extends below the perforations, a
sumped shroud is used to install
the pump below the perforation,
inducing natural separation as
the fluid and gas travel out of the
perforations and flow down and
around the shroud to enter the
pump intake.

Gas Separation
Natural gas separation occurs because of the
differences in density and buoyancy between the
gas and the liquid phases. A number of factors
make it difficult to estimate the efficiency of
natural gas separation.
Mechanical gas separators are classified as
either static or dynamic. Static gas separators
are designed to keep free gas from entering
the pumpwithout applying any additional
mechanical force. They provide a tortuous
path that turns the fluid stream and moves it
down toward the inlet ports. Some of the free
gas accompanies the liquid to the intake and a
portion is separated, limiting overall separation
efficiency. Dynamic gas separators, on the
other hand, actually impart energy to the fluid to
separate the vapor from the fluid.
Factors impacting natural and mechanical
separation include
casing and equipment size

The Vortex gas separator


The Schlumberger Vortex gas separator is a
dynamic gas separation device that uses a
natural vortex action created by a specially
designed inlet configuration, axial flow inducer,
propeller, retention chamber, and discharge
crossover. It provides greater efficiency over
a broader range of flow conditions than earlier
rotary separators.
The Vortex gas separator features a patented
compliant-mount zirconia radial-bearing
technology to enhance reliability in sandy
and abrasive conditions. To further extend life
expectancy, the design sends very little energy
to the solid particles that are produced through
the separator. The advanced hydraulic design of
the Vortex gas separator uses state-of-the-art
computational fluid dynamics and solids modeling
technology. The improved hydraulics enable more
effective gas separation at higher fluid flow rates.

free gas volume percentage

pump intake pressure and temperature

hydrocarbon composition

bubblepoint pressure

casing pressure

flow rate

obstructions or restrictions

operating frequency.

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When a moderate amount of gas can be effectively separated from the liquid at the desired drawdown, the Vortex
gas separator uses an inducer and propeller to induce slippage between the
phases. The heavier liquid naturally moves to the outside, and the gas stays
near the center. As the fluid separates and travels up the gas separator, the
gas is expelled back into the annulus and the fluid enters the pump intake.

ESP technologies for operating in high-gas environments / Gas separation

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Gas-Handling Solutions
Gas-handling solutions for ESP operations fall into
the following two technology groups:
advanced gas handler systems with highspecific-speed centrifugal gas handlers for the
gassy ESP market up to 45% GVF at low intake
pressures
axial flow technology for ultrahigh-gas-cut ESP
market with GVF up to 75%.

Proven field results


An AGH system installed in a European well
with all other downhole equipment remaining the
sameincreased production from 800 bbl/d,
with a GOR of 925 ft3/bbl, to 1,250 bbl/d. The gas
locking was also eliminated and 23% of free gas
was produced through the pump. In addition,
eliminating cycling resulted in a longer-thanexpected equipment run life.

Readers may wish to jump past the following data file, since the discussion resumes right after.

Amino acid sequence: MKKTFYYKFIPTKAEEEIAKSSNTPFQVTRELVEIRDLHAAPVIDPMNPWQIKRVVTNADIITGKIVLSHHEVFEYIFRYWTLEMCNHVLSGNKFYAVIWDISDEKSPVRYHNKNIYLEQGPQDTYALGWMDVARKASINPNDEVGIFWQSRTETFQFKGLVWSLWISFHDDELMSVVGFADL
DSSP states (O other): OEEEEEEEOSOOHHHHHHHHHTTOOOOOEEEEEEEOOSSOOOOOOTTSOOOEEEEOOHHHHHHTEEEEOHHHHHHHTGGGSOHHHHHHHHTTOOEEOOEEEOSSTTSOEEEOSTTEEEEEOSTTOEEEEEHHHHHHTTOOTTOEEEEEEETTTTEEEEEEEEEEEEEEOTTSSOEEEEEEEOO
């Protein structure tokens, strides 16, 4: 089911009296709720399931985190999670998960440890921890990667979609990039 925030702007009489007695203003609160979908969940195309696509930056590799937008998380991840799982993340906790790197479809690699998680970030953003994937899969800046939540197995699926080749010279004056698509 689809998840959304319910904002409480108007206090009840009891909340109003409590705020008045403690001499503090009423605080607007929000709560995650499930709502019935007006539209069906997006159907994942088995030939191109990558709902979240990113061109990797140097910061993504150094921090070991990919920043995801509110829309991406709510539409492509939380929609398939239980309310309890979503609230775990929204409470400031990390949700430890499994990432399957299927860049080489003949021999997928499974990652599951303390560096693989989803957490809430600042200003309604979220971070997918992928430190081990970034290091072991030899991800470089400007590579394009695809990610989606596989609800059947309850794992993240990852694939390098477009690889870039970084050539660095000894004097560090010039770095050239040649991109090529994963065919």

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Time

As reservoir pressure is depleted and gas breaks out of solution, producing


the wells becomes increasingly difficult. By using the Poseidon gas-handling
system, the producer can extend the field life and continue producing the
wells beyond their previous economic limit, thus adding to the recoverable
reserves.

Natural flow
ESP, no Poseidon pump
ESP with Poseidon pump

180
Production, m 3/d

The AGH* advanced gas-handling device was


designed to improve the overall lift efficiency of a
submersible lift installation by maintaining a higher
gas-to-liquid ratio in the tubing string. The systems
higher GVF reduces the hydraulic horsepower
required to lift fluid to surface. The AGH system
uses a unique centrifugal stage design to alter the
pressure distribution of the impeller, creating a
homogenized mixture with reduced gas bubble size.
This conditioned fluid behaves as a single-phase
fluid before entering the pump.

Conventional Gas
Handling System

Oil Production

Poseidon System

140

100

Gas locks
ESP failure
Power interruption

60
20
x xx x x
1

11

Time, months

With the ability to manage more gas through the pump comes the requirement to implement a new way of operating. By installing a thermocouple in
the motor winding and using a sensor to transmit the data to surface, the
ESP system can be shut down using motor temperature to protect the ESP
system and enable the system to ride through gas slugs.

ESP technologies for operating in high-gas environments / Gas-handling solutions

The AGH advanced gas handler is a high-speed centrifugal


pump that homogenizes the gas and fluid. As the gas and
fluid enter into the AGH system, the impellers break the bubbles into smaller
and more manageable sizes and compress some of the bubbles back into
solution, so the ESP system can pump the mixture.

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The Poseidon system


The Poseidon system is a multiphase, axial flow
gas-handling device installed below the main
production pump to allow the production pump to
efficiently handle higher percentages of free gas.
The system can be installed either above a gas
separator when gas can be vented into the casing, or it can be installed above a standard intake